“We have positions available for secretary, partnership specialist, a media specialist, and census takers,” she said.
To be eligible to work for the census, candidates must be at least 18 years old and U.S. citizens. Barker referred prospective candidates to 2010censusjobs.gov.
Power, Money and Getting Counted
With minorities undercounted in past census years, New England officials have said that some ethnic communities did not get services that they needed – because the data collected did not adequately represent the ethnic diversity of some cities.
The allocation of federal dollars is based on census population numbers – so if members of an ethnic community are not counted, then the funds allocated will be lower for the undercounted community and the services and programs that target it.
Census information helps determine (click for a fact sheet in .pdf) the location of schools, roads, hospitals, childcare facilities, senior citizen centers, and more.
“Every time I try to get state funding for a program for the Brazilian population, I get the same response: ‘We don’t have many Brazilians, the majority of immigrants here are Hispanic,’” said Germano Martins, from New Hampshire’s Department of Health and Human Services.
While director Ludgate acknowledged that census data “comes down to power, money, and information,” the classification of race and ethnicity was a major source of debate during the UMass press conference, too.
“It seems confusing, because [the census] ask[s] residents to respond ‘no’ if they are not Hispanics or Latinos. Brazilians are not Hispanics but they are Latinos,” said Elizabeth Simoes, a reporter for the Brazilian Times newspaper.
Simoes was referring to question 8 of Census 2010, which asks if the respondent is of Hispanic, Latino or Spanish origin. Question 9 asks respondents to identify their race among a list of choices, of which one is “some other race.”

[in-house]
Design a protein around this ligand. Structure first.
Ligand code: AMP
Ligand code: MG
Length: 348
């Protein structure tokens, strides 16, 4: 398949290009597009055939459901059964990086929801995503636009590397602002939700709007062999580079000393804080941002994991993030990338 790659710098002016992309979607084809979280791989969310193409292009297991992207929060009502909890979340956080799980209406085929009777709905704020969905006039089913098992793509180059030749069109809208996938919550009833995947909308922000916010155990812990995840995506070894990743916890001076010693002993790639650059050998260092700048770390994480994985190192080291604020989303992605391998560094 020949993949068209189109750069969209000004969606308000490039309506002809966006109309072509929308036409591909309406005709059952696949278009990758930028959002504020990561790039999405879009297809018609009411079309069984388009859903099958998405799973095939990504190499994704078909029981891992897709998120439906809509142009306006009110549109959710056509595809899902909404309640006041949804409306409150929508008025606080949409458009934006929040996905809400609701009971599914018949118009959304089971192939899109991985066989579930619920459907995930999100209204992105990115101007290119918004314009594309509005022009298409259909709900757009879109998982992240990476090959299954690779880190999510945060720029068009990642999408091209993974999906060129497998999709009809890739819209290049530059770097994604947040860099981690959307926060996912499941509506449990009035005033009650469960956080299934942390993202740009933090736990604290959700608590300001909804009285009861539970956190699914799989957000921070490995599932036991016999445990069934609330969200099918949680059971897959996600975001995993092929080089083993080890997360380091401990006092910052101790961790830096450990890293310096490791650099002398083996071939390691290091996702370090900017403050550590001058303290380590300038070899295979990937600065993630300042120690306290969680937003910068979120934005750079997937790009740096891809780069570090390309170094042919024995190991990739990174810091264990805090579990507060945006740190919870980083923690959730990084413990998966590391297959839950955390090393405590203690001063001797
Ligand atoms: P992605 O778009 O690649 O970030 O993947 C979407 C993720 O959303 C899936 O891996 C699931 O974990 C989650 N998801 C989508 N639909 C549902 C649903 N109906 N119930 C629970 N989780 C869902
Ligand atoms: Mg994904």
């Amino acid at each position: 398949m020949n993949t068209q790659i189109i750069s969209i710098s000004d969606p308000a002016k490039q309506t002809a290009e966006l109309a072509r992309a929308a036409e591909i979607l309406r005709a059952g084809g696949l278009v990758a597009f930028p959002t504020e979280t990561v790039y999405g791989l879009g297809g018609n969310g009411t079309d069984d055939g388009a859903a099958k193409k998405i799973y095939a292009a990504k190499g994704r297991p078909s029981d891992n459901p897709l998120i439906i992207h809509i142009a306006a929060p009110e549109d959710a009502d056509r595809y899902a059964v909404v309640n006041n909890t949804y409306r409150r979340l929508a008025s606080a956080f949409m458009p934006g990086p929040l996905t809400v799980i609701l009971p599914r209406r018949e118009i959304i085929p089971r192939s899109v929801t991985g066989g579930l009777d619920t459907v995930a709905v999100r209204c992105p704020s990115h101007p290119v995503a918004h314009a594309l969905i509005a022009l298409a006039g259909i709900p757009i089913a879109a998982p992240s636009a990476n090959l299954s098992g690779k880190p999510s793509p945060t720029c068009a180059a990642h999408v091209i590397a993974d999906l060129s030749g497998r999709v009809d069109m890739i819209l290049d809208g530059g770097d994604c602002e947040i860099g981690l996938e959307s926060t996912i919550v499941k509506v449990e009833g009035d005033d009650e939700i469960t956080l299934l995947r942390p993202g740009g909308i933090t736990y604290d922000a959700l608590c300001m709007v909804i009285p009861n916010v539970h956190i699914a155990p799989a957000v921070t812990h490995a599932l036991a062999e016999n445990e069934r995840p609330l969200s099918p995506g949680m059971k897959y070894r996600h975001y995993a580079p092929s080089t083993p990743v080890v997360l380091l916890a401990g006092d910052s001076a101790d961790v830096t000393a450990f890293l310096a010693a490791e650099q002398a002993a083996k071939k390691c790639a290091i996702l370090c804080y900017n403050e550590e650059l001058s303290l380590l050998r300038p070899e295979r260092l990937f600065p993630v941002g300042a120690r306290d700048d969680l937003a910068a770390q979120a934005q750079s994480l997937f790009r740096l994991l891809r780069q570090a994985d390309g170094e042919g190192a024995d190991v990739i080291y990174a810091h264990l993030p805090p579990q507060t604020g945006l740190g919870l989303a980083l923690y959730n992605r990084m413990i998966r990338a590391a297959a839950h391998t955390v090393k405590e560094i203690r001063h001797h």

Marcela Garcia, editor of El Planeta newspaper, asked Ludgate about another important aspect of the census: its key role in political power and elected representation. The census determines how many seats each state will have in the U.S. House of Representatives as well as the boundaries of legislative districts.
In 2007, studies conducted by POLIDATA and Election Data Services showed that the Massachusetts’ population was projected to rise 2 percent during the current decade, far lower than the national average of more than 10 percent. The Bay State would be the only New England state likely to forfeit a seat in the US House of Representatives after the 2010 census.
“You can certainly address that concern to engage your readership,” said Ludgate.
Census Comes Knocking
The census is a national survey required by the U.S. Constitution to take place every 10 years. The federal government awards more than $3 trillion to help the states count their populations.
One year before the actual data is collected, census staff are already holding neighborhood meetings to talk about redistricting, which determines the number of state representatives and senators each voting district gets.
The census will start mailing questionnaires to homes by March of 2010.
In April 2010, census employees will start canvassing neighborhoods for follow-up. In Massachusetts, canvassing will start in the Eastern region, and then move to the Western part of the state.
From April to July of 2010, census takers will visit households that did not return their questionnaires by mail.